8. Mandi

    March 24, 2010 at 1:31

    Wow Jill and Sarah i’m so overwhelmed and i can so totally relate to the object of being in fear of speaking out and offending or going against God. I was only in Mercy in Sydney Australia for 4 Mnths and during this time i was still suffering medical problems because they were making me eat more food than my body could handle and they declared that God told had told them too let me go but actually God had answered my prayers because i was really asking God to help me get out of there as i was not coping any more so i was glad when i left and i was totally a mess when i left worse than when i went in for a while because i felt like a failure for not finnishing the program and felt like i let god down .there was so much hypocriscy about living in the “Grace” and “obediance” of God’s ways and i do not feel through what i went through and witnessed of other girls that some mercy staff and really the program itself was how really a great example of god’s “Grace” or “Mercy”

  9. former abused intern

    October 15, 2010 at 12:36

    Wow, I was an undergrad intern at Mercy in Nashville during the summer of 08. While there were mental health “professionals” there they refused to use evidence based treatments and used only there “biblical counseling” which is even worse than a lot of biblical counseling I’ve seen, the girls who doubted heretic Joel Olsten’s prosperity gospel were punished. I was only 21 at the time, but knew something was wrong, I didn’t have my psychology degree yet but I knew enough to know that you have to use PSYCHOLOGY to do counseling. Though I am now a christian therapist, I rarely use the bible and prayer and only when clients ask me.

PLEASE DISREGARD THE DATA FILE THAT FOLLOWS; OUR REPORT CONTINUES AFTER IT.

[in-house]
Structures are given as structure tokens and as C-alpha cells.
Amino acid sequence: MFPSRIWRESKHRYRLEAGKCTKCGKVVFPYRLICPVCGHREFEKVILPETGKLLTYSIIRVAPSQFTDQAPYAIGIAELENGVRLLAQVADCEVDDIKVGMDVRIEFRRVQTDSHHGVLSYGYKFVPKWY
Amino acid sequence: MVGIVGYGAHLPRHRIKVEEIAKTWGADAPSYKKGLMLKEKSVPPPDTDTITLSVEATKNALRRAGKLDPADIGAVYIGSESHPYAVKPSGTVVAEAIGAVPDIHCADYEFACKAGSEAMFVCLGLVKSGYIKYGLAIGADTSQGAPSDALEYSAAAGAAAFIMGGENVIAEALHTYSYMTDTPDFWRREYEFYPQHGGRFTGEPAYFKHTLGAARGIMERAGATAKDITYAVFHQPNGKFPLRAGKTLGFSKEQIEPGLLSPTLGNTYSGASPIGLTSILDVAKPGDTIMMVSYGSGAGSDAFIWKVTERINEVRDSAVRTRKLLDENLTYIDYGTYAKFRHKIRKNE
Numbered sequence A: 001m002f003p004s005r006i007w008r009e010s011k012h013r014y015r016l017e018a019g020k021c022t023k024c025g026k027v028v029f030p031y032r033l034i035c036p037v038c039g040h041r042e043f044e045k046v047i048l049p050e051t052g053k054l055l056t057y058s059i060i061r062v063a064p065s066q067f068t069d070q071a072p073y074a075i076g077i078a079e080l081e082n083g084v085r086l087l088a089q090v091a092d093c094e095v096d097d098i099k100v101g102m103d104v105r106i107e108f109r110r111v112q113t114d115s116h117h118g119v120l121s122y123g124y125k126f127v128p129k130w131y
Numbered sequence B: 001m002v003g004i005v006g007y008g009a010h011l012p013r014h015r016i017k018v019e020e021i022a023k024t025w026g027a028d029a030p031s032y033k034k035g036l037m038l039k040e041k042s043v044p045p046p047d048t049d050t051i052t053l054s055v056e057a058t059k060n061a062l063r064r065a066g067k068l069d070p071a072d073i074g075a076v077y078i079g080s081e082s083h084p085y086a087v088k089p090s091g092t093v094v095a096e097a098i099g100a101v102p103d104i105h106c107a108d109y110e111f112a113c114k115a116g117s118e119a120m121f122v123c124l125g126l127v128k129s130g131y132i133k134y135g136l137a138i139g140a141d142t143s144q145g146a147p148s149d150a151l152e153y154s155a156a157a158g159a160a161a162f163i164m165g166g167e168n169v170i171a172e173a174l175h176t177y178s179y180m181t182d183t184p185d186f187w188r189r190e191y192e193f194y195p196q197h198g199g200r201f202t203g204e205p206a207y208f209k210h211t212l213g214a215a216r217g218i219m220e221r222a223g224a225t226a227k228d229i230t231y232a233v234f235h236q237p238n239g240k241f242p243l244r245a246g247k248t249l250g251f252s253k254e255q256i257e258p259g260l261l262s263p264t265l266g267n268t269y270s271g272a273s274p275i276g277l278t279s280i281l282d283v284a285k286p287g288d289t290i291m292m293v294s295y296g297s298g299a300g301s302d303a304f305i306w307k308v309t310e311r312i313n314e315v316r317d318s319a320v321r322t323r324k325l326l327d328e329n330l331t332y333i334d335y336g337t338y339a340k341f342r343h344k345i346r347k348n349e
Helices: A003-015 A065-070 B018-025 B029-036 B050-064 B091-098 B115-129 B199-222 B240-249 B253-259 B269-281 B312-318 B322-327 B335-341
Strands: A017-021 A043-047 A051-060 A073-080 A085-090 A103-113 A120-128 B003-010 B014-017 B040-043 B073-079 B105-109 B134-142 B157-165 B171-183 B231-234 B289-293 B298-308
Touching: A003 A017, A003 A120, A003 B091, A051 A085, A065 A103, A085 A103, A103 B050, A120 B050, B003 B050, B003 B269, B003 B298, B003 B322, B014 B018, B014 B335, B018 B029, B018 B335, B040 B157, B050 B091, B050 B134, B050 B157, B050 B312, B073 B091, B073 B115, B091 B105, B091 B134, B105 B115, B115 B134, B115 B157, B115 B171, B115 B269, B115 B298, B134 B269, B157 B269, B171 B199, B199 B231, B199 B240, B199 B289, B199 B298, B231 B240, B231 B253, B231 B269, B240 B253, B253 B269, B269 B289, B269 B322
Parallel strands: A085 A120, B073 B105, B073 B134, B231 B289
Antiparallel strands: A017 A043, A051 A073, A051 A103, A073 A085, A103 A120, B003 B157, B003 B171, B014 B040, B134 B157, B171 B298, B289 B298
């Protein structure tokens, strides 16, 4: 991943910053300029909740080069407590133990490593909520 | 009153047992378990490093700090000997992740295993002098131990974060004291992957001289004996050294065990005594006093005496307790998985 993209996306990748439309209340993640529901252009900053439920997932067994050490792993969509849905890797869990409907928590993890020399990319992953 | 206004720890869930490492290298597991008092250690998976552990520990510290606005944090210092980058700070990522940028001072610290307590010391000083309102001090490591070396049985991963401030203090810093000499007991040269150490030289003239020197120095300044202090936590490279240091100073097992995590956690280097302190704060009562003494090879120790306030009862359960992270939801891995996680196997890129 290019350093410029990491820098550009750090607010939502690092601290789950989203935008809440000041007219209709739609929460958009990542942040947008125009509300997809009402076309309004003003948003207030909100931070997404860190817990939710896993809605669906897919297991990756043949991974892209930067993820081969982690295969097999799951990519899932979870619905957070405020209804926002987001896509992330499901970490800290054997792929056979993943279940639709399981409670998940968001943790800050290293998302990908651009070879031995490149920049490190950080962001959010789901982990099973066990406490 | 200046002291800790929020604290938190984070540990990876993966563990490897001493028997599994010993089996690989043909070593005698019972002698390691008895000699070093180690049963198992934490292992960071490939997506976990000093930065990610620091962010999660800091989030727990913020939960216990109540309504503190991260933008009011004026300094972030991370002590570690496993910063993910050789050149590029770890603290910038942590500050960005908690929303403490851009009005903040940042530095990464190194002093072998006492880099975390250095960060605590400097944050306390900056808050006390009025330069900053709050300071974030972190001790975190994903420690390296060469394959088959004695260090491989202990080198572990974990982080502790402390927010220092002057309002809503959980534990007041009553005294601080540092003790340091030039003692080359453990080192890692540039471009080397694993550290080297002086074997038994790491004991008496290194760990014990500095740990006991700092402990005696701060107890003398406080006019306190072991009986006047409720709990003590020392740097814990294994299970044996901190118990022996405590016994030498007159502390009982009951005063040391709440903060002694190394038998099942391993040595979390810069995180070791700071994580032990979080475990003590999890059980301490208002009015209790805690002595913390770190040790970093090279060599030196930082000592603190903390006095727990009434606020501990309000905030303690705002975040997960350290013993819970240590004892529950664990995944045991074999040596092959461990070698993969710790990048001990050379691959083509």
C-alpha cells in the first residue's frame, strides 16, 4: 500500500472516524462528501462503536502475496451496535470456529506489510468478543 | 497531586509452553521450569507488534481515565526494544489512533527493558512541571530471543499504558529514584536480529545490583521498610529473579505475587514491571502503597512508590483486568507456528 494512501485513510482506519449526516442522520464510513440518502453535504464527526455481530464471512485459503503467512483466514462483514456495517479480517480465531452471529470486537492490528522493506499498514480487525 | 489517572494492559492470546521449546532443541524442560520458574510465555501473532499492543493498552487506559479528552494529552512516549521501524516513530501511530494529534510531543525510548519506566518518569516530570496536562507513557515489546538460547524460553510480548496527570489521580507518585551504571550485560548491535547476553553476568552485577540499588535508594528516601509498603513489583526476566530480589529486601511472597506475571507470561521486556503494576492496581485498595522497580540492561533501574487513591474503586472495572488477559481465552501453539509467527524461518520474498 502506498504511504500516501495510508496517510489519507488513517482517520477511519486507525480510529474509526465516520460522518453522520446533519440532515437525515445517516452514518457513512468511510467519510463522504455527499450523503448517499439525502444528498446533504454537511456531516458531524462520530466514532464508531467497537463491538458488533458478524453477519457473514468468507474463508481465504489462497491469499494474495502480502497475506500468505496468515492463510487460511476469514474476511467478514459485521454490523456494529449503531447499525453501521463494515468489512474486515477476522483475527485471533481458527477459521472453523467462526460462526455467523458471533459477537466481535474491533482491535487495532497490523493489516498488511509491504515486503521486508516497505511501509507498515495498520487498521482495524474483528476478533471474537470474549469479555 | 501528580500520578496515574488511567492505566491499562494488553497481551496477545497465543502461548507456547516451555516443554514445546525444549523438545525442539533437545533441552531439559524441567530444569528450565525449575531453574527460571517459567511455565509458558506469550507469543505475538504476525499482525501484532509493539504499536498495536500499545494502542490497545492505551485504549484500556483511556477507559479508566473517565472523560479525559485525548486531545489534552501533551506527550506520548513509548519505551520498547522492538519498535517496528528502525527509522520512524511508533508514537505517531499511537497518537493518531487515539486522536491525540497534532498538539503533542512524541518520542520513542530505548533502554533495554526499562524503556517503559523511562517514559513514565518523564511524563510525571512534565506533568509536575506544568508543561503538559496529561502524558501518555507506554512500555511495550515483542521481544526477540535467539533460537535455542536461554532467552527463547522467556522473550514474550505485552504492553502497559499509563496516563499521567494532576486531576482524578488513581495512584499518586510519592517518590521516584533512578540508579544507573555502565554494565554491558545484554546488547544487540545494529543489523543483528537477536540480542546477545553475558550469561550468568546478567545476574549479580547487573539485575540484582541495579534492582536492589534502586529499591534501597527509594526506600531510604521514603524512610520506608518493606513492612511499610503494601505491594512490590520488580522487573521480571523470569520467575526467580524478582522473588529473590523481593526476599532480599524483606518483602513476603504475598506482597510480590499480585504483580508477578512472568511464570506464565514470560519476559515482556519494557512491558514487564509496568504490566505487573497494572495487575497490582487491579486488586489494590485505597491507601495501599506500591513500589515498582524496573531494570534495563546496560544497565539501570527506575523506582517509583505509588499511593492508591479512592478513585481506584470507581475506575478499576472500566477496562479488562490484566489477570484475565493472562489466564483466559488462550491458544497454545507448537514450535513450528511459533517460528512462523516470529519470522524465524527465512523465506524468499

This all makes sense to me know, why they treated ME badly and started keeping me away from actually learning anything (the point of my internship was to learn residential treatment) in retrospect I think they saw me being skeptical and evil forces that run that place must have felt that I carried a spirt a truth, the real truth…because I felt oppressed every day by the staff and the feel of that place….and I am FAR from a pentecostal background (I’m now an Catholic leaning Anglican. )

    I feel so sorry for you Aussie girls, and all the US girls who still feel afraid to speak. I seriously hope that the whole organization falls apart very soon!

  10. misty17

    December 28, 2010 at 6:08